Yoga studios use a variety of business models. Typically, these vary between a teacher renting a room somewhere to a small business partnership to a non-profit. Generally, the vibe is a crunchy mix of positivity, community, exercise and spiritual growth. Called the Starbucks’s of yoga with over 200 studios across the U.S., CorePower Yoga is a different model altogether. It has also faced three federal lawsuits in recent years with over $3 million in settlements without admitting liability.
The previous suits involved using students to clean the studio or man the desk in return for free classes in what was called a yoga for trade arrangement, which still amounted to underpaying student workers. There were also two cases alleging that teachers were required to do off-the-clock tasks like creating new music playlists or yoga sequences for class, which also brought the pay for work below the minimum wage.
Corporate sales goals
CorePower now faces a lawsuit filed by 1,200 of its teachers in 35 states. According to the New York Times, the company pressures its teachers to actively recruit students to participate in its lucrative and costly eight-week teacher training program, which students later find out can lead to more special workshops that can cost thousands of more dollars. Some students were then surprised to find that there was no job waiting for them after the training, despite signing a contract stating that there was not a job waiting for them.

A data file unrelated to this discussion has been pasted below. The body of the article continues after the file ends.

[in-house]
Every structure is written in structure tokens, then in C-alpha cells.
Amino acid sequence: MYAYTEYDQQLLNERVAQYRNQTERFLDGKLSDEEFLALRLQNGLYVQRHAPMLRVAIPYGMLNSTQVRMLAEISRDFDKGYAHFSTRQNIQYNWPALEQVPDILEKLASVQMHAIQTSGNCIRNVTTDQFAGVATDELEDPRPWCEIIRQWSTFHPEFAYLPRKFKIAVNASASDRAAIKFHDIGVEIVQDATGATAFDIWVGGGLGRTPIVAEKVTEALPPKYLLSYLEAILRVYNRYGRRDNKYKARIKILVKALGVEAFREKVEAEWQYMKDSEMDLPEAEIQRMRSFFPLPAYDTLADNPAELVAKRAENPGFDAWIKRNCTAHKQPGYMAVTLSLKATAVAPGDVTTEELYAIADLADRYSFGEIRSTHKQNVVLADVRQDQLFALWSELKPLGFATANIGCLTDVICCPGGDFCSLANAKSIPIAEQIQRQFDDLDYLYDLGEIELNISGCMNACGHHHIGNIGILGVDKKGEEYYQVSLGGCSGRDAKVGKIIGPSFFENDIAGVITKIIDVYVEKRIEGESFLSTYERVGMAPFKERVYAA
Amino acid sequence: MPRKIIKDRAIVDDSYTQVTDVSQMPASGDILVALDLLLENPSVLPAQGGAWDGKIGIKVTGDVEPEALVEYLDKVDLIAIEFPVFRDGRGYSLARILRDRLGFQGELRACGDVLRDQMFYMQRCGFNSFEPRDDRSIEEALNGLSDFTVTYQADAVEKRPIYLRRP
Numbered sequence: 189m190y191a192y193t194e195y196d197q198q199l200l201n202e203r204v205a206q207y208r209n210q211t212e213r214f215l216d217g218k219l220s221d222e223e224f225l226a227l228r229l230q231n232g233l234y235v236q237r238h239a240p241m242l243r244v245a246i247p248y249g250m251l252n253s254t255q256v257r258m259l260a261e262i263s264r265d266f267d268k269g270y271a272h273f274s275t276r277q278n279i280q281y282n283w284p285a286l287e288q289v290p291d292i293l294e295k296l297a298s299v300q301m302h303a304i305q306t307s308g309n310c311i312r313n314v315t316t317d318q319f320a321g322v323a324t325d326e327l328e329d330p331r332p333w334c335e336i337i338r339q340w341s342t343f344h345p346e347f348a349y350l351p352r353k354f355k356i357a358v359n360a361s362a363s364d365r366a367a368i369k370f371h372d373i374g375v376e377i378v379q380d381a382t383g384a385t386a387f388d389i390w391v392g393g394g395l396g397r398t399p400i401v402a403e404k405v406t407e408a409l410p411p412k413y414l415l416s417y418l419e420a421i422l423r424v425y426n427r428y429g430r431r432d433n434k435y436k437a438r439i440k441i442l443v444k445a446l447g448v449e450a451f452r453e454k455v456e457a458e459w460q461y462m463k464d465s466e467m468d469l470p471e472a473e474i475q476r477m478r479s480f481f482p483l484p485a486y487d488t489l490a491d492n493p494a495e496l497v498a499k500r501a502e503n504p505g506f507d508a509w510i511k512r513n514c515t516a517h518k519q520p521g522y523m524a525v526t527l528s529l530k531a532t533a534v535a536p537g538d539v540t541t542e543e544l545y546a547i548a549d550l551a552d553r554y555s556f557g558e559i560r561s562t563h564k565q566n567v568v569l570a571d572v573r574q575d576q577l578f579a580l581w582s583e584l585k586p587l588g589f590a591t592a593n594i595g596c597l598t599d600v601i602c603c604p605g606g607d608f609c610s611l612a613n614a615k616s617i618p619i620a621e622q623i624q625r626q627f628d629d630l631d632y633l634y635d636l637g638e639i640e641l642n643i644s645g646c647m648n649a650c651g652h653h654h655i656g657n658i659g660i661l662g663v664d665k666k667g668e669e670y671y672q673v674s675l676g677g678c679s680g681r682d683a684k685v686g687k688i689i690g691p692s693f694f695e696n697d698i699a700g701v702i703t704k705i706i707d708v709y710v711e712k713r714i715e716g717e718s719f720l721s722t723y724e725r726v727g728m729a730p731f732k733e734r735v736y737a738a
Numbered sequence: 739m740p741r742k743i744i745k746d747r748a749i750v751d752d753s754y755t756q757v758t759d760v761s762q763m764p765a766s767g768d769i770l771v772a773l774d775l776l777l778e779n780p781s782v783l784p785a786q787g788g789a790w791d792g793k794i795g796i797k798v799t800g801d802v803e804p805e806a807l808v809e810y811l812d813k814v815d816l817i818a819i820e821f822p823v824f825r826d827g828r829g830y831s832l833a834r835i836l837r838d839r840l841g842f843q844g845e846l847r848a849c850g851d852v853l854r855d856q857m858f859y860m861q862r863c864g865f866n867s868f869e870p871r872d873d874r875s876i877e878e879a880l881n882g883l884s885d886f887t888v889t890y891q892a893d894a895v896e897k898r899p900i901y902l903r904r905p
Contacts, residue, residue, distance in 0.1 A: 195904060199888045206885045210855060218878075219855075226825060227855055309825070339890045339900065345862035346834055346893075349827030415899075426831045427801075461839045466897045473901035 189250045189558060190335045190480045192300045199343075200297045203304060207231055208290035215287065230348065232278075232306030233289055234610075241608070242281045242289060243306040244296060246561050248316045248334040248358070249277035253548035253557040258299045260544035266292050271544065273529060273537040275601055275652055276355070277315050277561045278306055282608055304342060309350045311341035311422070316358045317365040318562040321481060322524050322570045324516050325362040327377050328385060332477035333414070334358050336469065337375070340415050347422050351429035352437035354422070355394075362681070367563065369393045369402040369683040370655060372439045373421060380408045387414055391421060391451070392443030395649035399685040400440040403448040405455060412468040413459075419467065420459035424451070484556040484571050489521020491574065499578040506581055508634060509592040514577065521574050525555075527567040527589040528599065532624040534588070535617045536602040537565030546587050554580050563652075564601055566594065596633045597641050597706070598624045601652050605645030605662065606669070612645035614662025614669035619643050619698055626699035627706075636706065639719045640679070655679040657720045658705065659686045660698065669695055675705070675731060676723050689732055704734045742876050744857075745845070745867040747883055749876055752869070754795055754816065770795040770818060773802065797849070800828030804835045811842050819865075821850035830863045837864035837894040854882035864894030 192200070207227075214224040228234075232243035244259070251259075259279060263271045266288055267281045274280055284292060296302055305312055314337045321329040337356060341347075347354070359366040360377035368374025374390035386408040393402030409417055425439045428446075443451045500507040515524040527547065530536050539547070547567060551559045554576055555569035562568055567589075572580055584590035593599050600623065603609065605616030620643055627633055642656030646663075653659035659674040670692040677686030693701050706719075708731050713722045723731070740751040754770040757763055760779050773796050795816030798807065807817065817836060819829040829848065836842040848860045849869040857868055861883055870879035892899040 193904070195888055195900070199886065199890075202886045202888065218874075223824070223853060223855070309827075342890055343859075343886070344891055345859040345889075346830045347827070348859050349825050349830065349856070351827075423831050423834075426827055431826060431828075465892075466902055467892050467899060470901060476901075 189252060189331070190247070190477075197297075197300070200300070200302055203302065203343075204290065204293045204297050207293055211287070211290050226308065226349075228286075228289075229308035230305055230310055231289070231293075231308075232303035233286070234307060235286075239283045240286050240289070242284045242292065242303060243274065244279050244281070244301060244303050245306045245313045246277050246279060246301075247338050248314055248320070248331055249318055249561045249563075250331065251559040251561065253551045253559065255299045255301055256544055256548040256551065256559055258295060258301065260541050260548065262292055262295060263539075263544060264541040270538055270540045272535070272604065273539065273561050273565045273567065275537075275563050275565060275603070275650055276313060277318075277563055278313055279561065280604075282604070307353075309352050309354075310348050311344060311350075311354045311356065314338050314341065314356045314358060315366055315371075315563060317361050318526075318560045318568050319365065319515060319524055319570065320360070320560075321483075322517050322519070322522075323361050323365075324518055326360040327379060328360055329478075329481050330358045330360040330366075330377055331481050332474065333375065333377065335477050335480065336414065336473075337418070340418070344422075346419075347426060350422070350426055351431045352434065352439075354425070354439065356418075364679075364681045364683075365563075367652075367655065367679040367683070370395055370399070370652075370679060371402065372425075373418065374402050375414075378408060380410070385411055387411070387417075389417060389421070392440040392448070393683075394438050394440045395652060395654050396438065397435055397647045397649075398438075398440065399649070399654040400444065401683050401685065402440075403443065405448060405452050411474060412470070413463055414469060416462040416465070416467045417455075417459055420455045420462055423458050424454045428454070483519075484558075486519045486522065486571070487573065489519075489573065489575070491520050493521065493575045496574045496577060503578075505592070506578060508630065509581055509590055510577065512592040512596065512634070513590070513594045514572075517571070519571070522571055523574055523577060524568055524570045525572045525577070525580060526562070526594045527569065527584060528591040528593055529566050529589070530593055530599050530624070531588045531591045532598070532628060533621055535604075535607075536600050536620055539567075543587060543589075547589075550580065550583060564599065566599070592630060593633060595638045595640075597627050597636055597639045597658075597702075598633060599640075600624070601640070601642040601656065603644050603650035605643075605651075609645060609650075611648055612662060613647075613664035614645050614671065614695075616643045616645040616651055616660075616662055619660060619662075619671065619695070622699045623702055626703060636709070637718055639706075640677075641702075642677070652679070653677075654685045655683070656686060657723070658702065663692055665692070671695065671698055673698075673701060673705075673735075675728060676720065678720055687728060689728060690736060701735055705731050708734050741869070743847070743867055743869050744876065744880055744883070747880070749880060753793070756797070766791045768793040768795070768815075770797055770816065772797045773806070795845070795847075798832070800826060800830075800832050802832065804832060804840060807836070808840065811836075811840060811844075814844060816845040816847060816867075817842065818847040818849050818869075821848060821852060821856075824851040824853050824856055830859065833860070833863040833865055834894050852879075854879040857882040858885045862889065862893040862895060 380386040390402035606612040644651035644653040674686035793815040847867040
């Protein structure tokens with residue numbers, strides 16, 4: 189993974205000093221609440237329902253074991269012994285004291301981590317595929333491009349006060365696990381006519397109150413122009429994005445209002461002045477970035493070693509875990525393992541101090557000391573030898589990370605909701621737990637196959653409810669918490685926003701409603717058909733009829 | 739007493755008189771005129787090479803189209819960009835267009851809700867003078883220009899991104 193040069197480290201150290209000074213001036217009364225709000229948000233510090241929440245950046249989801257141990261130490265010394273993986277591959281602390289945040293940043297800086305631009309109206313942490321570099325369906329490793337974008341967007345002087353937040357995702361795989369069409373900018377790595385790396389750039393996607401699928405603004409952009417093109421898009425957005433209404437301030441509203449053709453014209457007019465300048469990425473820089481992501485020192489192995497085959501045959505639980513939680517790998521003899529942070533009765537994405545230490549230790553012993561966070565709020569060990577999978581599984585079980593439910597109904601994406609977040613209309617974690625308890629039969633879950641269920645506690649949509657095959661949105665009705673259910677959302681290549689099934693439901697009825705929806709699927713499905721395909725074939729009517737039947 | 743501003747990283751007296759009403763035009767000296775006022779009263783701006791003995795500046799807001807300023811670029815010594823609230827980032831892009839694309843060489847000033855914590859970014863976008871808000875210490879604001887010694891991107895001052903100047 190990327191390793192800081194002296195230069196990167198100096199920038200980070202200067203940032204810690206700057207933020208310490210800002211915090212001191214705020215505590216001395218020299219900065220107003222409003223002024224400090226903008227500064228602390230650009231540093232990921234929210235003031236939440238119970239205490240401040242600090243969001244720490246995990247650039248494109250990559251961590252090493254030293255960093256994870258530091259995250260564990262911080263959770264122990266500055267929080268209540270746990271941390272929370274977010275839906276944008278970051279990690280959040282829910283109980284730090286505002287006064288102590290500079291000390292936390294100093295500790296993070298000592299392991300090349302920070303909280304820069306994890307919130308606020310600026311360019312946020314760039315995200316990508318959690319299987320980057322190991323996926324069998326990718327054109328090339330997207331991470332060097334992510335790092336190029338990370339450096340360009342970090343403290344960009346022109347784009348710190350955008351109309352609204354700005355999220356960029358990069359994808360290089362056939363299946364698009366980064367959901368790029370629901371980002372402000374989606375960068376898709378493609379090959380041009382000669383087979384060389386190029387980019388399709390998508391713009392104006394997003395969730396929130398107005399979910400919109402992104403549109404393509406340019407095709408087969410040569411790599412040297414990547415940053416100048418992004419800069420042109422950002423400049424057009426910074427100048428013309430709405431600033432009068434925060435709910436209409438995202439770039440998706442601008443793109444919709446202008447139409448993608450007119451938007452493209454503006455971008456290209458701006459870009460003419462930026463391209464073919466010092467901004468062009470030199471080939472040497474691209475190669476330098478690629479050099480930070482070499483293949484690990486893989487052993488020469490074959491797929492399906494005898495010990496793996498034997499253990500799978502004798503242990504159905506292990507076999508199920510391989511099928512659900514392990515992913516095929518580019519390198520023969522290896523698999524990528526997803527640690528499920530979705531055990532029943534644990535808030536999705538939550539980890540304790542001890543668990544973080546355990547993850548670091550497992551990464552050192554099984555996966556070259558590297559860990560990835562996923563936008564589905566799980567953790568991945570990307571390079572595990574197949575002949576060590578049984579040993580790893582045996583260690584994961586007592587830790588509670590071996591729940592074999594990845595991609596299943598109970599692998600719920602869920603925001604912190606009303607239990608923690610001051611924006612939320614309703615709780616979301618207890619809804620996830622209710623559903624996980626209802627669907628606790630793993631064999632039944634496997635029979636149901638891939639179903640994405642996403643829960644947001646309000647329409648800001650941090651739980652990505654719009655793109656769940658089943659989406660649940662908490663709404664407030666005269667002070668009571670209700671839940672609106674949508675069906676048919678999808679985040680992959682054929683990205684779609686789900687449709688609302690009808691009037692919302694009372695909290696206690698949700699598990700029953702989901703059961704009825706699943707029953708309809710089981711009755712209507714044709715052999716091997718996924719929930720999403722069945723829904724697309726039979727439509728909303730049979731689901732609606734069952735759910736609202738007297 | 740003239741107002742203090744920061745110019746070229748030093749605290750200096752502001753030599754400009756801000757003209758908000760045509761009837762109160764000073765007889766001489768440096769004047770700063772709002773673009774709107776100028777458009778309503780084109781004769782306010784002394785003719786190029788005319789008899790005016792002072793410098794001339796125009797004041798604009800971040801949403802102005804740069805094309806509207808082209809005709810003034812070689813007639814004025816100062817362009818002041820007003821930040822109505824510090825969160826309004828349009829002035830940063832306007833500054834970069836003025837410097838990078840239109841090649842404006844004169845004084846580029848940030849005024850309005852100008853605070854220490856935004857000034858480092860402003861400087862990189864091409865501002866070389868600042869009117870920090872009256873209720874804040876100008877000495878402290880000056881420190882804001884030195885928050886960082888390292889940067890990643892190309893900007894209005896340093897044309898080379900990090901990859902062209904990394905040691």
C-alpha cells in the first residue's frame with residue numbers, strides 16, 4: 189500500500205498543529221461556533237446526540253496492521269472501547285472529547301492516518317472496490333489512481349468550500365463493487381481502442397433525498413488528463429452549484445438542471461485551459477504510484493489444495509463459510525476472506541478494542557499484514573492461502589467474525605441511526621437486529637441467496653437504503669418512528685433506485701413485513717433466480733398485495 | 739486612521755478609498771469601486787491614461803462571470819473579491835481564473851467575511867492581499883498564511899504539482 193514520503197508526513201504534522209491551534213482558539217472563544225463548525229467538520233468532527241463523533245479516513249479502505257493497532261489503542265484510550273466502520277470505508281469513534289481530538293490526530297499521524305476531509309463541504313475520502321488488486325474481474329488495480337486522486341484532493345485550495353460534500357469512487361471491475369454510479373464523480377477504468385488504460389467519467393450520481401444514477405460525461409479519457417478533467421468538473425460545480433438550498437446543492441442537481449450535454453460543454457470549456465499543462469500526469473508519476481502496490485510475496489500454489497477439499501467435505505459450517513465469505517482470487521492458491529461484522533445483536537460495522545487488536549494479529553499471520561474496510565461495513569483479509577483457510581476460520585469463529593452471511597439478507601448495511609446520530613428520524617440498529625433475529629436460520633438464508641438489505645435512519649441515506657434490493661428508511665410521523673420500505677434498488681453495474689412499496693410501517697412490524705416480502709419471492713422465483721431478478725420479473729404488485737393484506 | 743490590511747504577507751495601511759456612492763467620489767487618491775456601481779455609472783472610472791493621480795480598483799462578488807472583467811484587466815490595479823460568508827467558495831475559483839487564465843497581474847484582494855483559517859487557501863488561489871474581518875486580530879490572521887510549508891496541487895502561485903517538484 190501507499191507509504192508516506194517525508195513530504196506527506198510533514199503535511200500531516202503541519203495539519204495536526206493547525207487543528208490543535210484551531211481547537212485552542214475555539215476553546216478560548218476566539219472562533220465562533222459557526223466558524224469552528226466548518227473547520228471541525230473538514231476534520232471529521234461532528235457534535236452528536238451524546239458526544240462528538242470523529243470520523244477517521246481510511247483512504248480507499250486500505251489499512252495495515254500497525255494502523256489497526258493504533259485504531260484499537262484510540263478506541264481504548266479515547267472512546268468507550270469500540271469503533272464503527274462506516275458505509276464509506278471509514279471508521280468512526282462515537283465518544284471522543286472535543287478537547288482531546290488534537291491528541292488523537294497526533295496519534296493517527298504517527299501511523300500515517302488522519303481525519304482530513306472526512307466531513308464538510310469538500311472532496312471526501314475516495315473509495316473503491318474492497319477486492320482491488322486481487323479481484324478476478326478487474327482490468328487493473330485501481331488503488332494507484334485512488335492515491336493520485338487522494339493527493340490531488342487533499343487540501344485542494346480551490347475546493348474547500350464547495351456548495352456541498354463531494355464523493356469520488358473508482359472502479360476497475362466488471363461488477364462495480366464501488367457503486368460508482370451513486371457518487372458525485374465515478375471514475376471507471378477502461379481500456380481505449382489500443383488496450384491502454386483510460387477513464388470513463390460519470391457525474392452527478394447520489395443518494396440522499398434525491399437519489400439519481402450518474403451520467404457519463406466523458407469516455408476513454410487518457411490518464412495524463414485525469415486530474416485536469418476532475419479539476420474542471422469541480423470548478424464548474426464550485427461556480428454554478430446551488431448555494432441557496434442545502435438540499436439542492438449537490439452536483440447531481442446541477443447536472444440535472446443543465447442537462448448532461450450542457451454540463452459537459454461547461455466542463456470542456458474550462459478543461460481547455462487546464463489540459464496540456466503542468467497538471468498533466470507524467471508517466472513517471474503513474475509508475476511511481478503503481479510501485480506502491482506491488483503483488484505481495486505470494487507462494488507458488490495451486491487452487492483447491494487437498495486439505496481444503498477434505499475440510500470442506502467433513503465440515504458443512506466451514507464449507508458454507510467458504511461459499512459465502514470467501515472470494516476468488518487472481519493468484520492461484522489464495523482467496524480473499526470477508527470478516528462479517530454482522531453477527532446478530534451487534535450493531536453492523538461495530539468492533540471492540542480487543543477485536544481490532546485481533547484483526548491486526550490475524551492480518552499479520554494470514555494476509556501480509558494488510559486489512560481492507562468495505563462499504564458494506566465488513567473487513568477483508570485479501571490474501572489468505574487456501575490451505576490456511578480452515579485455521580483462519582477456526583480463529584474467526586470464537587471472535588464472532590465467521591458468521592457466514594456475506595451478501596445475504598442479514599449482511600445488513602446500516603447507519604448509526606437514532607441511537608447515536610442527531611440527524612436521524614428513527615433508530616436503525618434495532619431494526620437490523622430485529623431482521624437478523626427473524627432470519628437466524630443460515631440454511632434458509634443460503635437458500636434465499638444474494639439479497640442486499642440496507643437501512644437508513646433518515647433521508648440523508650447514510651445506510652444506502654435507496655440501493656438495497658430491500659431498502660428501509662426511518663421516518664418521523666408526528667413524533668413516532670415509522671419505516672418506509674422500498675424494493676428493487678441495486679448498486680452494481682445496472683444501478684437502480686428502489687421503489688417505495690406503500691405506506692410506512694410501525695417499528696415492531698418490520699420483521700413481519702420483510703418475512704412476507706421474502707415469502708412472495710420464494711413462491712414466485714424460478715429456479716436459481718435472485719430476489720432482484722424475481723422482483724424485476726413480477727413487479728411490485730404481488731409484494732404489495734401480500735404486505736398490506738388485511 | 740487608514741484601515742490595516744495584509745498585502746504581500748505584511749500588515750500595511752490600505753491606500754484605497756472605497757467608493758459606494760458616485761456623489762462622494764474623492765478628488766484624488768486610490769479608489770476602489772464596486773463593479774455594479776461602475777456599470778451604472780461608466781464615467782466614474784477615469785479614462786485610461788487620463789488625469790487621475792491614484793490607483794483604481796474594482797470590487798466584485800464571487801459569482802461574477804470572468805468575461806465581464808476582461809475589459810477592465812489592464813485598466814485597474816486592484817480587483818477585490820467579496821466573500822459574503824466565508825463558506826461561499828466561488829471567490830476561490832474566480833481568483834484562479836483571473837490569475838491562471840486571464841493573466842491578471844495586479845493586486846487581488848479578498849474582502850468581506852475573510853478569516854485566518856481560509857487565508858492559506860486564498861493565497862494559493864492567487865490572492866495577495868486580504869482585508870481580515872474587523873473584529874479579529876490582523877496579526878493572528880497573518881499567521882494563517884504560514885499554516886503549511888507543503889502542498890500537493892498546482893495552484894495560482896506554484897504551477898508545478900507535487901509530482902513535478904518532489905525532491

The company reportedly provided materials on how to recruit the student, follow up with them and even meet with potential students off the clock for coffee. The plaintiffs allege this additional work adds up to working for less than minimum wage. They also allege that there were here were enrollment goals for the number of students recruited and how often they pitched the trainings. While the company disputes the claim, payment and advancement were based on their success in performing these activities.
Bad karma or good business?
Corporate sales goals aside, many of these practices used by CorePower are common in the yoga community. However, businesses cannot accept free labor even if it is in the spirit of volunteerism or the yogic teaching of karma. The earlier cases have prompted rulings here in California and at the federal level where these labor practices violate both FLSA and California law for minimum wage violations.
It remains to be seen how CorePower’s fourth suit will be resolved, and there could be others filed by students, teachers or employees at other yoga studios. Those interested in discussing the labor practices of their yoga studio would be wise to speak with a knowledgeable employment law attorney with experience here in California.